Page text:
These days I’m a primary school teacher. I have a box of Lego in my classroom, so every now and then when the children have finished their tasks on a Friday afternoon, I let them get out the Lego and play with it. It’s great to see children enjoying the exact same thing that I used to enjoy when I was their age.
Usually, when one of the children has finished making something out of Lego, they either bring it to show me or ask me to come and see it. I always ask them what it is, and the answers I get back can be endlessly varied.
“It’s a spaceship!”
“It’s a house!”
“It’s a big palace for my dog to live in!”
“It’s a snake!”
You get the idea.
Then, when the school day is almost over, the spaceship, house, palace and snake all get dismantled, and the Lego is packed back into its box until next time.
The question is this: where did the spaceship go when the Lego was packed away? Where did the house, the palace, the snake go?
Of course, we understand that the question itself makes little sense, because the spaceship was never really a spaceship and the house was never really a house. They were simply temporary collections of individual blocks that served a particular purpose for a short while before reverting to what they had been before: a pile of discrete plastic bricks. The components that made a spaceship this time might well end up as part of a robot or a plane next time.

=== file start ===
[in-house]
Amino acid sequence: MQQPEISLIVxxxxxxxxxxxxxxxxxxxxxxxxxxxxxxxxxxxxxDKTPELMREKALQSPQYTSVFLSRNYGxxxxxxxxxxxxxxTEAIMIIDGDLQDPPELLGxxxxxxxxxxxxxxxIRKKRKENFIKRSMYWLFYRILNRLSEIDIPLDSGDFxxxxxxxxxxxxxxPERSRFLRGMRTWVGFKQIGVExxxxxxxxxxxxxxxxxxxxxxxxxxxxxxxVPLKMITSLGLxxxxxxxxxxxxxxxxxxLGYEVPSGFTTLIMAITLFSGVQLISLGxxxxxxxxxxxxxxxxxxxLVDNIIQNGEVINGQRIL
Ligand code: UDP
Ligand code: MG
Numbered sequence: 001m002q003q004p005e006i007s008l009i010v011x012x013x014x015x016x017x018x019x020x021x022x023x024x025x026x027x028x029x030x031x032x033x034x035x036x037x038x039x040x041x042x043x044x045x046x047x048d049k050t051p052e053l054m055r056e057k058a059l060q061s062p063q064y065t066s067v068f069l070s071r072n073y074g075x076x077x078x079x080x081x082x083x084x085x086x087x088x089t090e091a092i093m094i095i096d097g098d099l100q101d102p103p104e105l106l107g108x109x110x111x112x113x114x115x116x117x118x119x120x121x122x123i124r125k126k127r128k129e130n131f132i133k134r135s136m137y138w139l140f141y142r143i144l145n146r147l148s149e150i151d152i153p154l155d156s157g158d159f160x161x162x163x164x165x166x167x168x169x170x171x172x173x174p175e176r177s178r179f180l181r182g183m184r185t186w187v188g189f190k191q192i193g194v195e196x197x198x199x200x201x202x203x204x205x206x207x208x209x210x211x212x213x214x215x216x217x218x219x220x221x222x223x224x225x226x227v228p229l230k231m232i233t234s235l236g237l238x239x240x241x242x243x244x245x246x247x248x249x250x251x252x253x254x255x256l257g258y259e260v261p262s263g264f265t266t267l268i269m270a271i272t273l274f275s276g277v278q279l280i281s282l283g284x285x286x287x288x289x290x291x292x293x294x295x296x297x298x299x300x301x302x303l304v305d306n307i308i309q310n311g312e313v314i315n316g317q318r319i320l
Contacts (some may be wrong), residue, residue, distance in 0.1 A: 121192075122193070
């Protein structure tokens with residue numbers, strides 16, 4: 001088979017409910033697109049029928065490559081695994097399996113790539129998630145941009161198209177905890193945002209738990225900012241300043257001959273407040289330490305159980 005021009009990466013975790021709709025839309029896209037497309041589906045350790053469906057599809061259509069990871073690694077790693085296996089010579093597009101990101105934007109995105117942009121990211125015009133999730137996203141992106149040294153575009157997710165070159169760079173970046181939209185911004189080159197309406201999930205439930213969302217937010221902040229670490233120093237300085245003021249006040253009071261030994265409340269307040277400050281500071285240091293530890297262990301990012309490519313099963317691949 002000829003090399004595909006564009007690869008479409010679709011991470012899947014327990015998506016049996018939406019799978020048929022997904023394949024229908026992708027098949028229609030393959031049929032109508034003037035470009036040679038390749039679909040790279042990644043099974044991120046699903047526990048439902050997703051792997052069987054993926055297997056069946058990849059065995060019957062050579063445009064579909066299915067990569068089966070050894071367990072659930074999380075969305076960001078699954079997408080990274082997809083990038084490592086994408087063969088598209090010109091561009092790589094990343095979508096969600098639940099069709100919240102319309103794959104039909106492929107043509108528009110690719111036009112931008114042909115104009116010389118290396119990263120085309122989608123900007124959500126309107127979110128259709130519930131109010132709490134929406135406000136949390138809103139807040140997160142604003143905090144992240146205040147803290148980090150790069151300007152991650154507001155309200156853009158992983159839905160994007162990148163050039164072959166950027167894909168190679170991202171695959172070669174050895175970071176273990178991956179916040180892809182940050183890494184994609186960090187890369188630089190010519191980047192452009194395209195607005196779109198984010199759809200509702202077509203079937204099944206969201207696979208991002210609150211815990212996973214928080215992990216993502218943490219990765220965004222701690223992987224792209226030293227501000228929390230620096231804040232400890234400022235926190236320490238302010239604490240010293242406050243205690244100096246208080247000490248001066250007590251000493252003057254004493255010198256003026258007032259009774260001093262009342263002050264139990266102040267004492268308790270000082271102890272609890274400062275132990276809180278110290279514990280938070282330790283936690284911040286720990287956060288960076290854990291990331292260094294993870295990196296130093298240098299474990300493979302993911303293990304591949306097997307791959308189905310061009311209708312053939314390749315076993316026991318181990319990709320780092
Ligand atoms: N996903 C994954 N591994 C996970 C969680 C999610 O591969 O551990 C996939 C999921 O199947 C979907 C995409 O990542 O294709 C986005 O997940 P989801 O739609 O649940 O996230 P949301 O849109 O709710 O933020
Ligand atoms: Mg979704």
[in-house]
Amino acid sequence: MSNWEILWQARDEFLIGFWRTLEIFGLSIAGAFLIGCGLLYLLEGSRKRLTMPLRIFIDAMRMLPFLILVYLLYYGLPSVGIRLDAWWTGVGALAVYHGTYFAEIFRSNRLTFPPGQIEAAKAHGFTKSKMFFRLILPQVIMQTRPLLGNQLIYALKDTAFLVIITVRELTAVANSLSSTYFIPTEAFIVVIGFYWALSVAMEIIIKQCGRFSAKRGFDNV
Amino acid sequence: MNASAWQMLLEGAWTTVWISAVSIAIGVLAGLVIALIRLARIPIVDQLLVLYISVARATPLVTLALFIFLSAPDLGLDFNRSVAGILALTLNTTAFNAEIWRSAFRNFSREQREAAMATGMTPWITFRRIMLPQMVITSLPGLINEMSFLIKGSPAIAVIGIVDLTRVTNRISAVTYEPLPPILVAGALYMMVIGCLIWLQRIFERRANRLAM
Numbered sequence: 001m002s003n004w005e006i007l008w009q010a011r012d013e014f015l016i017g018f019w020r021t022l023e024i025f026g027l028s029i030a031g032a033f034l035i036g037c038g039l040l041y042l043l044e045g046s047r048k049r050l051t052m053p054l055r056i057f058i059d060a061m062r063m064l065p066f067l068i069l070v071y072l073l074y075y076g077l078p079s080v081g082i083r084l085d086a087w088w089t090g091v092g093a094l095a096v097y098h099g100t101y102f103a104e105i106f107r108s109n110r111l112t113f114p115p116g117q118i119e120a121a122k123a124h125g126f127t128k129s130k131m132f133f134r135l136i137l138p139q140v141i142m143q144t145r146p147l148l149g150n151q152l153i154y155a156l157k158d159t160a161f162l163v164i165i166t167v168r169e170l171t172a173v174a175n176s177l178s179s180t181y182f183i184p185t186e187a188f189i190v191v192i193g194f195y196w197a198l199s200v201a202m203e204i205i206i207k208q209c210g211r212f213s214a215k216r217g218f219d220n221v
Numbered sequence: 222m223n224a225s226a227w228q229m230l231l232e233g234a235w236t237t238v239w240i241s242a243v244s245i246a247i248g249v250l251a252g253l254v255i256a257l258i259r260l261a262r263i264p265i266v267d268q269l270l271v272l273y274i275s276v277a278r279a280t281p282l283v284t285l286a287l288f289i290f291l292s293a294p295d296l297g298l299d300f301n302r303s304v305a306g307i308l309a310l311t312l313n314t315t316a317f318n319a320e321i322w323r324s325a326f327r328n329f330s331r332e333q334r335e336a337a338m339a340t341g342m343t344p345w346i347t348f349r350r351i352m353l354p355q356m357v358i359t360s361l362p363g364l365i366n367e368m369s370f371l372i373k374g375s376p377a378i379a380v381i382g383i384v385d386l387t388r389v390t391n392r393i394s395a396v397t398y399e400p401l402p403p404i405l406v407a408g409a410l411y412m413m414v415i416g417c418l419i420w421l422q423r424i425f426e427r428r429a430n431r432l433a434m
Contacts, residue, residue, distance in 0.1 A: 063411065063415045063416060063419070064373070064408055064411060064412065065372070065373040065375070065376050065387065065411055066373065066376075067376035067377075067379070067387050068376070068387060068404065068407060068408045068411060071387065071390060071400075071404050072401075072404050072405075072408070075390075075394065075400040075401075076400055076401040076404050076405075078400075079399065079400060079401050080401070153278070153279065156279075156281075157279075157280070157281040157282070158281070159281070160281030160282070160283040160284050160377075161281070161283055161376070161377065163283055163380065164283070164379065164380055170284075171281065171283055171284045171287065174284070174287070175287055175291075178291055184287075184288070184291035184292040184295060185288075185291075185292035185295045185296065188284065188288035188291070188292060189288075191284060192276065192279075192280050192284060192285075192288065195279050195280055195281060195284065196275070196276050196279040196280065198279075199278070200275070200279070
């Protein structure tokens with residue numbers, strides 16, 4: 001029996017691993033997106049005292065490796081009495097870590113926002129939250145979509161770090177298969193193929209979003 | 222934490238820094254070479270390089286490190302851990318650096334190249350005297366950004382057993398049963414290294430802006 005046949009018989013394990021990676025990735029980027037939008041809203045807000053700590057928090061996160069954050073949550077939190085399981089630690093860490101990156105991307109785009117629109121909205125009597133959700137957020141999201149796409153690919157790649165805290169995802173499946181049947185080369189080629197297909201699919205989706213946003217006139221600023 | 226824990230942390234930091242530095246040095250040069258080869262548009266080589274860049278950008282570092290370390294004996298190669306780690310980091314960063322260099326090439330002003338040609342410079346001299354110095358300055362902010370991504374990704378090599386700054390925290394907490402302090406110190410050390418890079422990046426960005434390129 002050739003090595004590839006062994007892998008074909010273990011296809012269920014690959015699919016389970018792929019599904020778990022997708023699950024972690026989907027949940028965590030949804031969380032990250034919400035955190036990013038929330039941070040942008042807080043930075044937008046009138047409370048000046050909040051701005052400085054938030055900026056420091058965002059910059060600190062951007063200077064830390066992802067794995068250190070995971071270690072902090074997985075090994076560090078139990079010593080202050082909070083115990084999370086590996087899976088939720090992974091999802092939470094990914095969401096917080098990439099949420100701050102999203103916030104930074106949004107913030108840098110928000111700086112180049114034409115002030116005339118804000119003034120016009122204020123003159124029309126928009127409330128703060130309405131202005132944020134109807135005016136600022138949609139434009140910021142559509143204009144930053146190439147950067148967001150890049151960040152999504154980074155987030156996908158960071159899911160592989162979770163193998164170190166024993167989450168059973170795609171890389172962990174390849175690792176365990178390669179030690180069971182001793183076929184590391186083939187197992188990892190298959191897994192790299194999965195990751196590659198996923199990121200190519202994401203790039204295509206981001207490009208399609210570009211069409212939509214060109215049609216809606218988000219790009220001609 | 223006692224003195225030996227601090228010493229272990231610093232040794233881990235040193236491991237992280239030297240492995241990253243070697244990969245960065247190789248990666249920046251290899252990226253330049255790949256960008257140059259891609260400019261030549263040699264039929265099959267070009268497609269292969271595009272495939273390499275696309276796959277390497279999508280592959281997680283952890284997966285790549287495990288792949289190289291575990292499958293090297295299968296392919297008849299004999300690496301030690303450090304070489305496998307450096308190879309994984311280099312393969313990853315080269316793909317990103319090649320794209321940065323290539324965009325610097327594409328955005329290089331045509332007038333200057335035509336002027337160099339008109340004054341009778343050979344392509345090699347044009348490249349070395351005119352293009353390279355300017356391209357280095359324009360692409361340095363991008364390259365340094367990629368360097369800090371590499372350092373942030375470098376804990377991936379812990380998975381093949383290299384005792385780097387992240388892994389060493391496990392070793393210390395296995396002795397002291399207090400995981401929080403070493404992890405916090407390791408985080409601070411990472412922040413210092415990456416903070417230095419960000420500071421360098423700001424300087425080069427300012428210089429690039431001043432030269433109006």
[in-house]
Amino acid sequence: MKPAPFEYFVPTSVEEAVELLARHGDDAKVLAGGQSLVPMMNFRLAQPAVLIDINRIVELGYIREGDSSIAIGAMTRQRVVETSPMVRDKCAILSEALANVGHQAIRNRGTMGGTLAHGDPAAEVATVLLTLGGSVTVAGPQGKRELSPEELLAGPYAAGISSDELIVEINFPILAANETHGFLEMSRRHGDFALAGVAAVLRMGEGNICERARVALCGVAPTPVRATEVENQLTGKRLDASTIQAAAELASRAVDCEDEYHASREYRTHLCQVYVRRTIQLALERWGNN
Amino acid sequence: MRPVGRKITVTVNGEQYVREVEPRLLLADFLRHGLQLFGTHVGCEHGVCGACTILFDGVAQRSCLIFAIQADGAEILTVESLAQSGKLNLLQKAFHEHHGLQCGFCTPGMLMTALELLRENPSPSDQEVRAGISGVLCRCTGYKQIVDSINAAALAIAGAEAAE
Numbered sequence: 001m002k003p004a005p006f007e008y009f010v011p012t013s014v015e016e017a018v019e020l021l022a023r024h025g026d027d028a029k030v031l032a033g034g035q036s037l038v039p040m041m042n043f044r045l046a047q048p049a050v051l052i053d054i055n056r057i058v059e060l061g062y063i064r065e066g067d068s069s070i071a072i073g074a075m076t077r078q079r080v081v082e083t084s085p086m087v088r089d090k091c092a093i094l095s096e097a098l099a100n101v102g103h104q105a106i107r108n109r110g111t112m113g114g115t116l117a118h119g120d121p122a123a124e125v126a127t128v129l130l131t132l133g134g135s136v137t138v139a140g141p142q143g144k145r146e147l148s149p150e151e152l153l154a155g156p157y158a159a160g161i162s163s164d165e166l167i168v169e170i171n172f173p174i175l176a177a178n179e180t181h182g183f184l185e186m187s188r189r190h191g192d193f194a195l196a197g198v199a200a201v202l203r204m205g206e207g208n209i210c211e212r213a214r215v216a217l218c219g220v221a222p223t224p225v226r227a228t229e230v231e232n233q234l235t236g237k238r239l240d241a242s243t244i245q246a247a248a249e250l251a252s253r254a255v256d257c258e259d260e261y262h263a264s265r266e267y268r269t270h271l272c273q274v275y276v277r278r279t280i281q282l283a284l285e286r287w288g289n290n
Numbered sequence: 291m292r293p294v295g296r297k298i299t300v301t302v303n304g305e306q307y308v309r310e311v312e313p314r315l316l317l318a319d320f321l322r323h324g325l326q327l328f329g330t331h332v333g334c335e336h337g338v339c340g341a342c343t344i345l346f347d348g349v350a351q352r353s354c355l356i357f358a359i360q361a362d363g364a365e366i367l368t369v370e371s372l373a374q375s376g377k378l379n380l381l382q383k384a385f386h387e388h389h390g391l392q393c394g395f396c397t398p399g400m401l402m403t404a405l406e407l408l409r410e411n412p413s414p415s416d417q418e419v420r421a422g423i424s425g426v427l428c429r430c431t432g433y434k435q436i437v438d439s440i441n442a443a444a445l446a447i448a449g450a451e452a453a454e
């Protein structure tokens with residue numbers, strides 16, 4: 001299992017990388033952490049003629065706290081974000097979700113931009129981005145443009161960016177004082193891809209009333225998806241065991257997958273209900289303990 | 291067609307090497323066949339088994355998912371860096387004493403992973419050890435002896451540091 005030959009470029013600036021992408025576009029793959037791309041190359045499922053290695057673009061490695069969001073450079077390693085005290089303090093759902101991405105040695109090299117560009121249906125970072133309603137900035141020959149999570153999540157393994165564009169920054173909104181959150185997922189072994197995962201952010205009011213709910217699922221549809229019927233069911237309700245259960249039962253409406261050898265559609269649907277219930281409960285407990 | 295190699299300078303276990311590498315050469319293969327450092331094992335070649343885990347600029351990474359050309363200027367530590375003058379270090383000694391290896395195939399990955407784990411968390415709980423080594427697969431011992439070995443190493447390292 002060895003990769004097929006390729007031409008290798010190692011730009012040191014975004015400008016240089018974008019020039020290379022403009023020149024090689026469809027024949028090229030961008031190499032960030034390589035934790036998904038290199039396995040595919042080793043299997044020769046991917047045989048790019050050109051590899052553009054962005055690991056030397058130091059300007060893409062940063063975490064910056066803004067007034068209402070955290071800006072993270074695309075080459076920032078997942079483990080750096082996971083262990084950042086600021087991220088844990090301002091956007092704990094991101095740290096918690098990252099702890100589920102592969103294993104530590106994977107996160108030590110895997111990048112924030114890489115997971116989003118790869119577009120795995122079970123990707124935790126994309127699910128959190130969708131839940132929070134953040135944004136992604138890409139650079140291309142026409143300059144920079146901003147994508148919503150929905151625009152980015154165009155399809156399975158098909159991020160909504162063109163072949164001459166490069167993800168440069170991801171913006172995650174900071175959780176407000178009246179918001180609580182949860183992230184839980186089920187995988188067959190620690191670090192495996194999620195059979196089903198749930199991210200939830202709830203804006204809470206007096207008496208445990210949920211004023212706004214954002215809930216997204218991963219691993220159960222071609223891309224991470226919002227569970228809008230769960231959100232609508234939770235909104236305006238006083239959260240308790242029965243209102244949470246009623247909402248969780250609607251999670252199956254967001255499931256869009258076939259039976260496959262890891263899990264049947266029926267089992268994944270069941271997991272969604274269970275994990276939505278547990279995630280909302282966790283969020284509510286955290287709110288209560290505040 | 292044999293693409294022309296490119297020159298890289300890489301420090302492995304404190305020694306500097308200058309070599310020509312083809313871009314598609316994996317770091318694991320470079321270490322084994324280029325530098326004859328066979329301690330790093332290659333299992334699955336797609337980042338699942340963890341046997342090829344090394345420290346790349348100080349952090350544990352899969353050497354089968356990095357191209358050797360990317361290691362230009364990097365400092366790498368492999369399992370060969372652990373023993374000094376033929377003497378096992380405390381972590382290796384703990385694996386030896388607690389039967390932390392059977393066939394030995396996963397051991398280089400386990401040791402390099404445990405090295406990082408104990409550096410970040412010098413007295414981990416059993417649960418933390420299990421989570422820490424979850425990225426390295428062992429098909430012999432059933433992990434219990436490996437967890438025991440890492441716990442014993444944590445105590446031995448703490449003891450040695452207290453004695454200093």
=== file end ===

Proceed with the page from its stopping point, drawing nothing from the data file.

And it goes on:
The inherent emptiness of existence is obvious to us when we look at it in terms of Lego models. Why is it harder to grasp when we look at ourselves?
Just like a Lego model, I am made up of many different components. Some of them fit together well, and some perhaps less so. The various molecules that make up my body serve a particular purpose now, but a time will come when they are put back in the box (or rather, a coffin) and the construction that is my body, my very self, will be broken down into its component parts again. Those parts will then go on to be part of the composition of other structures.
In other words, I am no different to a Lego model. Neither are you. We exist only as a temporary collection of causes and components; we will all one day revert to our component parts.
Where do we go when we die? The question makes no more sense than asking where the Lego spaceship goes when it is dismantled. It just continues to be what it always was: a collection of molecules. It’s just that the conditions that caused those molecules to be held together in a particular way that constituted a human being have changed, and now the molecules are arranged differently. The truth about the Lego spaceship is that it hasn’t gone anywhere, because it was never actually real in the first place. It was only ever a collection of Lego bricks, and they just happened to be given a particular purpose for a short time.
In the same way, when we die we don’t “go” anywhere, as far as I can see. There is no reason to believe in a soul. As I understand it, the Buddhist concept of rebirth isn’t that a person’s “soul” or “spirit” is reincarnated, but that their karma is passed on to another being. That is the sense in which a person is “reborn”. I have problems with the concept of rebirth (and I’m not the only Buddhist in that position), but whether or not it is true, the fact remains that I will die and that will be the end of the temporary arrangement of molecules that I think of as myself. And that’s okay, because “I” don’t have any inherent existence in the first place.
All of us are just part of a huge box of Lego bricks, temporarily arranged as living beings before we once more go back into the box. That’s one of the great truths of existence – but it’s also one of the hardest to accept.